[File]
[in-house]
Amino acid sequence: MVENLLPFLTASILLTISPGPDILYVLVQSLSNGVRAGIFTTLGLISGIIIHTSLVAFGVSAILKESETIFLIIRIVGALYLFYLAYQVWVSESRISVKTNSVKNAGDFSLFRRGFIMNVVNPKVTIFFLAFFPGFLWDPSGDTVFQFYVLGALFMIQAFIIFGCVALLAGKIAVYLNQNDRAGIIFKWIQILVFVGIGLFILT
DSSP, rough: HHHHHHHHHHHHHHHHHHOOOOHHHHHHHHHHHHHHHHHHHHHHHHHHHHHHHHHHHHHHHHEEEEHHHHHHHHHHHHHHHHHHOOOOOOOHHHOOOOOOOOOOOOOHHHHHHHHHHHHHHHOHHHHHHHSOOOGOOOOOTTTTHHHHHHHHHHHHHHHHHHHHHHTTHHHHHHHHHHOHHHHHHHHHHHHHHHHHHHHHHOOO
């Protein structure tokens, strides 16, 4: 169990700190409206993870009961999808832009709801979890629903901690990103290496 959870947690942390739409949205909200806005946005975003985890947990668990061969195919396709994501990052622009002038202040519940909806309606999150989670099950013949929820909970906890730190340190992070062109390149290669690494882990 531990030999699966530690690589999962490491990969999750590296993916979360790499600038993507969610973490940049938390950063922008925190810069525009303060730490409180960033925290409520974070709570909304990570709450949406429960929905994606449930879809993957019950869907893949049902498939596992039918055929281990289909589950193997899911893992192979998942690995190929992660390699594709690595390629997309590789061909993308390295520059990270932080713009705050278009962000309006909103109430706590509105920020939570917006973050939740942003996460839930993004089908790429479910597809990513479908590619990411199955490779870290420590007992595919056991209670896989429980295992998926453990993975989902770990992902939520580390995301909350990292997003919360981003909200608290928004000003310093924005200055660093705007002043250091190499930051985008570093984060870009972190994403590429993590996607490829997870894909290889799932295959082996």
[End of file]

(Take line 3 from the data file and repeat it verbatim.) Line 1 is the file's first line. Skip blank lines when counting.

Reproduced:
DSSP, rough: HHHHHHHHHHHHHHHHHHOOOOHHHHHHHHHHHHHHHHHHHHHHHHHHHHHHHHHHHHHHHHEEEEHHHHHHHHHHHHHHHHHHOOOOOOOHHHOOOOOOOOOOOOOHHHHHHHHHHHHHHHOHHHHHHHSOOOGOOOOOTTTTHHHHHHHHHHHHHHHHHHHHHHTTHHHHHHHHHHOHHHHHHHHHHHHHHHHHHHHHHOOO